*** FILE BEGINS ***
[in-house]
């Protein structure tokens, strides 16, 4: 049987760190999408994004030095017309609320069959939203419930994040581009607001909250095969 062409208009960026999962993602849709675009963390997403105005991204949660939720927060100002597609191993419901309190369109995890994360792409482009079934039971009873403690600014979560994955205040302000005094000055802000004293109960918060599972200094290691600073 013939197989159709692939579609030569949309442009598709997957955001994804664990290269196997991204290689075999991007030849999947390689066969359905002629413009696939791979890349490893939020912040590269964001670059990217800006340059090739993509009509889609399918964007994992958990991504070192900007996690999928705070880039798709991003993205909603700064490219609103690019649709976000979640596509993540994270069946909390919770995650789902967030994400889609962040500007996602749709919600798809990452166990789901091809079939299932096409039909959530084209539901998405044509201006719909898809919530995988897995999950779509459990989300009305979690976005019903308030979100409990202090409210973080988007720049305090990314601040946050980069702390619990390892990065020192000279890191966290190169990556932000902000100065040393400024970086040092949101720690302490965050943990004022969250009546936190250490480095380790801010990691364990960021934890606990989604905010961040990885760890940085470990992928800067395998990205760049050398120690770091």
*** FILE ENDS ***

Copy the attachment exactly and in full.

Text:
[in-house]
């Protein structure tokens, strides 16, 4: 049987760190999408994004030095017309609320069959939203419930994040581009607001909250095969 062409208009960026999962993602849709675009963390997403105005991204949660939720927060100002597609191993419901309190369109995890994360792409482009079934039971009873403690600014979560994955205040302000005094000055802000004293109960918060599972200094290691600073 013939197989159709692939579609030569949309442009598709997957955001994804664990290269196997991204290689075999991007030849999947390689066969359905002629413009696939791979890349490893939020912040590269964001670059990217800006340059090739993509009509889609399918964007994992958990991504070192900007996690999928705070880039798709991003993205909603700064490219609103690019649709976000979640596509993540994270069946909390919770995650789902967030994400889609962040500007996602749709919600798809990452166990789901091809079939299932096409039909959530084209539901998405044509201006719909898809919530995988897995999950779509459990989300009305979690976005019903308030979100409990202090409210973080988007720049305090990314601040946050980069702390619990390892990065020192000279890191966290190169990556932000902000100065040393400024970086040092949101720690302490965050943990004022969250009546936190250490480095380790801010990691364990960021934890606990989604905010961040990885760890940085470990992928800067395998990205760049050398120690770091």